Meet the Models: Meher Babbar

Meher talks about race, family, beauty standards and the endless frustration of a large nose. Simultaneously making you laugh, and bringing a tear to the eye, this article beautifully explores what body positivity really means and how we come to see ourselves.  

If you were to run your index finger over my nose, as I’ve done countless times in my life, you’d encounter a slight bump near the top, go on a smooth but long passage down, and end at nostrils far wider apart than necessary. It’s been twenty years and I’ve come to like everything about myself except for this damned nose. For me, adolescence was a long lesson in undoing years of internalised Eurocentric beauty standards, deconstructing norms and my negative attitudes towards my body, my community, and my heritage. It took time to love my thick, wavy hair, ribbed like the grooves on a record; my eyes, almond in shape and colour, and my skin warm, awash in red undertones.

My journey in self-love has accompanied, interestingly enough, a larger movement in the mainstream towards embracing traditionally “ethnic” features. Thick eyebrows, plump lips, styled baby hair – they’ve all had their fashion moment. And despite the tricky history of them being derided and shamed on brown and black bodies and celebrated on white ones there is an undeniably transformative power in seeing features like yours desired and lauded. One “ethnic” feature, however, has notably failed to make the cut: the nose.

The nose has always been an underrated part of beauty, perhaps because there’s not much (short of cosmetic surgery or contouring – I have neither the money nor the talent) one can do to work with it. It’s all a matter of fate: a few of us are granted gentle, upturned noses, like Disney princesses; some are spared, given non-controversial noses, unassuming in their manner; others, however, are condemned to boisterous, bold noses that sit atop our face like a big middle finger to the rest of our primping efforts. No number of fresh cuts, smokey eye tutorials, or highlighters can distract from a big nose – it lays you, your faults and riddles, bare. More than any of my other features, my nose marks me as South Asian. It’s that nose.

In school, I toyed with the idea of being any number of different Mehers – a mix of this and that, some Spanish, maybe Arab, throw some Maltese in there for good measure? I didn’t mind being ethnic, as long as I was “exotic”. Though I doubt any women of colour grow up wanting exoticness to be their singular defining trait, the palpable appeal of the term is obvious. Being “exotic” is the most palatable, interesting kind of ethnic-ness (or at least it was to me); it strips away all the troubled and complex histories, mutes all political undertones, and produces in turn an object of desire that’s slightly mysterious, prompting endless asks of, “So where are you really from?” My nose puts a stop to all that. My nose gives me away, dispels all the fictions I may spin; my nose is my exception, as my great aunt pointed out on my 14th birthday: “She’s a pretty girl, but the nose is a bit big.”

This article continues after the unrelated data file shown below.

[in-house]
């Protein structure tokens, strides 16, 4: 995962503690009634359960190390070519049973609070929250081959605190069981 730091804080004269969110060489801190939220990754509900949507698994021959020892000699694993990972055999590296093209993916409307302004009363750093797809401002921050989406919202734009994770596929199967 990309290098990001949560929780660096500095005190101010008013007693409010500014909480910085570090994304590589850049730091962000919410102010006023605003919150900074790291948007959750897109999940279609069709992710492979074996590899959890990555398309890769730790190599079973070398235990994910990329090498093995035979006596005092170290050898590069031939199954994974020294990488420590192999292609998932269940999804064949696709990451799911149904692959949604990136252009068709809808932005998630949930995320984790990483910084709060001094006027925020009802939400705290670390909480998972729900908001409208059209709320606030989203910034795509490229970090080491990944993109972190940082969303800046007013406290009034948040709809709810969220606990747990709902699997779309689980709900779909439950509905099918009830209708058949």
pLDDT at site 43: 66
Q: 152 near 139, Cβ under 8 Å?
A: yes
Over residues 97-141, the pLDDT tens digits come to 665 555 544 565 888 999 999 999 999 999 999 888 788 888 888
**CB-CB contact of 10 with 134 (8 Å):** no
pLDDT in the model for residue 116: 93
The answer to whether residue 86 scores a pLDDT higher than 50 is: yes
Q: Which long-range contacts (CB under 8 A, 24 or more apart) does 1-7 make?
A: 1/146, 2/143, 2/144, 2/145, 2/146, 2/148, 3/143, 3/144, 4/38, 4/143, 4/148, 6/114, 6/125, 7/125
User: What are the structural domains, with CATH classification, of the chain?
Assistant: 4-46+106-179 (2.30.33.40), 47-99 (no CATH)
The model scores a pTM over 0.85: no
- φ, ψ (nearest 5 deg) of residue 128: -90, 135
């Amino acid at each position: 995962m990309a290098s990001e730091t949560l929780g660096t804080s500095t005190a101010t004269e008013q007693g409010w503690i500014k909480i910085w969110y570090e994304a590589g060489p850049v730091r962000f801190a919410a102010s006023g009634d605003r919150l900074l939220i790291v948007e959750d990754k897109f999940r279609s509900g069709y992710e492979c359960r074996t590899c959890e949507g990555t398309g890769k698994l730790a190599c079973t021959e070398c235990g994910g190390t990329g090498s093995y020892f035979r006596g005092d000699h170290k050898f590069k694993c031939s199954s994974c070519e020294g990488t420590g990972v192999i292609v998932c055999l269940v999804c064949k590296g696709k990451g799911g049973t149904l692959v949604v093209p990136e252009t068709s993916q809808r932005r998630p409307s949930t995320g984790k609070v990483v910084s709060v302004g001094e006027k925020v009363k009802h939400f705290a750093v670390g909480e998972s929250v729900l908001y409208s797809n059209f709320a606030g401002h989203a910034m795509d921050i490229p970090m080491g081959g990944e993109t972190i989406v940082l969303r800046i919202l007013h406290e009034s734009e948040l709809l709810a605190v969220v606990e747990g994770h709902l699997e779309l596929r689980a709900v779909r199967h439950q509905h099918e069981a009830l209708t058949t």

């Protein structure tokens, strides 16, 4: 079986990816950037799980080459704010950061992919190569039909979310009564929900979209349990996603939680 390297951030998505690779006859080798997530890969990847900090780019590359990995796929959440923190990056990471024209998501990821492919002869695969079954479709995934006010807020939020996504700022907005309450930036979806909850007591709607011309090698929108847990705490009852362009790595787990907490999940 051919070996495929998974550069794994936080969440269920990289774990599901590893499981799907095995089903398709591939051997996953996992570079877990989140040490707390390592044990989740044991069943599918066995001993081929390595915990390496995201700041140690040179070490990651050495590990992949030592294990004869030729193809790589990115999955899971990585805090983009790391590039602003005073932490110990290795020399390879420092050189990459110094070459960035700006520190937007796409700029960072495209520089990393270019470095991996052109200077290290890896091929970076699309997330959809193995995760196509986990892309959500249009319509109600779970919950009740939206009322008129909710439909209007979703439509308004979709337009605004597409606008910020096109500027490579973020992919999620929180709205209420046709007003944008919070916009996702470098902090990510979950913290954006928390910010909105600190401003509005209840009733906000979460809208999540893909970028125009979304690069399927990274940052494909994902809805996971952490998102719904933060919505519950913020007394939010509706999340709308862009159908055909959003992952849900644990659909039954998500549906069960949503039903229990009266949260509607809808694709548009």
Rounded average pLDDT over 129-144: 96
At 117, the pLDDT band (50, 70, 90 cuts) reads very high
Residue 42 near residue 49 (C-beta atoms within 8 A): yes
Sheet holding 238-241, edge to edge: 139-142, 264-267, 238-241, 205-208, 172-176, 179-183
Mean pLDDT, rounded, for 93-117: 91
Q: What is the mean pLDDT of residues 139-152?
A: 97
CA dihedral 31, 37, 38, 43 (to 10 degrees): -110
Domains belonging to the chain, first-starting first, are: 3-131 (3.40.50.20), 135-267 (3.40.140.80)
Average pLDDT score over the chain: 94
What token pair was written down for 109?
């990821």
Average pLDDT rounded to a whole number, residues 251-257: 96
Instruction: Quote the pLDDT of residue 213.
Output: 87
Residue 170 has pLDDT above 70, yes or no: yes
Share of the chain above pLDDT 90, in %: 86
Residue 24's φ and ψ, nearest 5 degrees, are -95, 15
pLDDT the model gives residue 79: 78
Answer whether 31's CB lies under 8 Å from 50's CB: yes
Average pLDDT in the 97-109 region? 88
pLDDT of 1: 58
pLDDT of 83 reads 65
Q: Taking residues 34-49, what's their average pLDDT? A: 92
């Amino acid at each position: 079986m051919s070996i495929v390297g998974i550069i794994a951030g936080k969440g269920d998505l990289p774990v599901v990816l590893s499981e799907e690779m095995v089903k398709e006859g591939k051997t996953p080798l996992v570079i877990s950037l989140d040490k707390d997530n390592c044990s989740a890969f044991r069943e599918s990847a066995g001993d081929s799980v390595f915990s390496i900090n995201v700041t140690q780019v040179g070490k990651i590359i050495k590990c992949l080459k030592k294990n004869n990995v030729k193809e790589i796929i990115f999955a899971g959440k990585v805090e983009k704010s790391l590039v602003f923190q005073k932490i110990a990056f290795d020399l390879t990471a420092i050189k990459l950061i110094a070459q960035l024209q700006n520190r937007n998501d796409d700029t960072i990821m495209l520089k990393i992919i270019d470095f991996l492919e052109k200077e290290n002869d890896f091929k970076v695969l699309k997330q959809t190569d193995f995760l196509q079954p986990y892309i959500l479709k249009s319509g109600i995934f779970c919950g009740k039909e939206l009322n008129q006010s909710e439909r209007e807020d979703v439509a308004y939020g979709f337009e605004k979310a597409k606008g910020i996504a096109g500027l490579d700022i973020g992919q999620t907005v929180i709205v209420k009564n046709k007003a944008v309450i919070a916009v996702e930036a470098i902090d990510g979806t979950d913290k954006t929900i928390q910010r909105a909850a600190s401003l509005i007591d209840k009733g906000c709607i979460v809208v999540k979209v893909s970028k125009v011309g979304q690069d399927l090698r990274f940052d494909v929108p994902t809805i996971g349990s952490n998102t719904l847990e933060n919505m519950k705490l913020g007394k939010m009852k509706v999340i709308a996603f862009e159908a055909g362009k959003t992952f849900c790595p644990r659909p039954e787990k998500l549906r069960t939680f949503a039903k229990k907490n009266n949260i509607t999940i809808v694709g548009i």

My father tells me I have my grandmother’s nose and I think to myself Did she give a damn about it? When she was working to feed her family, did she care whether it was up or downturned? When she became the first female principal of the local school, did she fret over the size of its bridge? Did she constantly compare her nose to others? No, my grandmother was a matriarch, a leader, a magnificent storm of a woman and to deny my nose would be to deny her legacy. To wish for a different nose would be to erase centuries of history, shifting identities, and me at the heart of myself. I’ve come to love my nose because it joins me in an inexorable line with my grandmother, as well as the rest of my family, and big-nosed men and women everywhere.

Our bodies are terribly vulnerable things. They make public the parts we wish to keep private; our bodies mark us and our bodies make us. Coming to love them through body positivity doesn’t necessarily entail deeming every part of ourselves without flaw. We are more than the sum of our parts. Body positivity, as I see it, is recognising our bodies for what they are – inexorably tied up with the us at our core, at our best and brightest and at our worst and lowest. My nose encapsulates all of that for me; it says: This belongs to everyone who came before me and will come after. This nose is big, this nose is South Asian, this nose demands respect and will take no less than it deserves. This nose is me and its beautiful and that’s fact.